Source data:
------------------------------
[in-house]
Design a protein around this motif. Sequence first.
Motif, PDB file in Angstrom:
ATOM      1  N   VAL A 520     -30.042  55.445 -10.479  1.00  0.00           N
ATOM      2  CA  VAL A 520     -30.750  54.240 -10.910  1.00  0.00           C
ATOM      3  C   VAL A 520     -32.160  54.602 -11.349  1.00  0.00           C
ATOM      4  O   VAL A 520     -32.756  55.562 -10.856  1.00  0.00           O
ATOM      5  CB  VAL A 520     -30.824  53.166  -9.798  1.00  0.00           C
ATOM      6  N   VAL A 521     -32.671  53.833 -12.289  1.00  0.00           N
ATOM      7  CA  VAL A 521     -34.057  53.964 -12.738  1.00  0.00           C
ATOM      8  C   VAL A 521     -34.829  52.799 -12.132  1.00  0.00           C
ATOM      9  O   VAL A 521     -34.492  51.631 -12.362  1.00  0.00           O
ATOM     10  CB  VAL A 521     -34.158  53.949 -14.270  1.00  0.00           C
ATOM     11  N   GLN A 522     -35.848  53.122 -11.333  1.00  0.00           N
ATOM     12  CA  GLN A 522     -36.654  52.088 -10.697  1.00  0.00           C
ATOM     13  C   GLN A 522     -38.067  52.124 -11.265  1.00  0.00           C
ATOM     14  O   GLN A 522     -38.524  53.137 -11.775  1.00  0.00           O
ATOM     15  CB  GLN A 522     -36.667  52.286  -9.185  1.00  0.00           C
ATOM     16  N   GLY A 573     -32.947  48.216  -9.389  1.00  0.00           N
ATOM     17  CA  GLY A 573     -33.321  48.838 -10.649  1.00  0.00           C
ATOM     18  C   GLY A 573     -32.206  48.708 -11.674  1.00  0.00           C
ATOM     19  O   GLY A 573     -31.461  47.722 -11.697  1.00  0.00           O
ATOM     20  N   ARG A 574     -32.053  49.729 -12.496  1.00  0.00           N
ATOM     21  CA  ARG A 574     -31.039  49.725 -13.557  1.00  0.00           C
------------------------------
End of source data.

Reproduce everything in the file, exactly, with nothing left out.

[in-house]
Design a protein around this motif. Sequence first.
Motif, PDB file in Angstrom:
ATOM      1  N   VAL A 520     -30.042  55.445 -10.479  1.00  0.00           N
ATOM      2  CA  VAL A 520     -30.750  54.240 -10.910  1.00  0.00           C
ATOM      3  C   VAL A 520     -32.160  54.602 -11.349  1.00  0.00           C
ATOM      4  O   VAL A 520     -32.756  55.562 -10.856  1.00  0.00           O
ATOM      5  CB  VAL A 520     -30.824  53.166  -9.798  1.00  0.00           C
ATOM      6  N   VAL A 521     -32.671  53.833 -12.289  1.00  0.00           N
ATOM      7  CA  VAL A 521     -34.057  53.964 -12.738  1.00  0.00           C
ATOM      8  C   VAL A 521     -34.829  52.799 -12.132  1.00  0.00           C
ATOM      9  O   VAL A 521     -34.492  51.631 -12.362  1.00  0.00           O
ATOM     10  CB  VAL A 521     -34.158  53.949 -14.270  1.00  0.00           C
ATOM     11  N   GLN A 522     -35.848  53.122 -11.333  1.00  0.00           N
ATOM     12  CA  GLN A 522     -36.654  52.088 -10.697  1.00  0.00           C
ATOM     13  C   GLN A 522     -38.067  52.124 -11.265  1.00  0.00           C
ATOM     14  O   GLN A 522     -38.524  53.137 -11.775  1.00  0.00           O
ATOM     15  CB  GLN A 522     -36.667  52.286  -9.185  1.00  0.00           C
ATOM     16  N   GLY A 573     -32.947  48.216  -9.389  1.00  0.00           N
ATOM     17  CA  GLY A 573     -33.321  48.838 -10.649  1.00  0.00           C
ATOM     18  C   GLY A 573     -32.206  48.708 -11.674  1.00  0.00           C
ATOM     19  O   GLY A 573     -31.461  47.722 -11.697  1.00  0.00           O
ATOM     20  N   ARG A 574     -32.053  49.729 -12.496  1.00  0.00           N
ATOM     21  CA  ARG A 574     -31.039  49.725 -13.557  1.00  0.00           C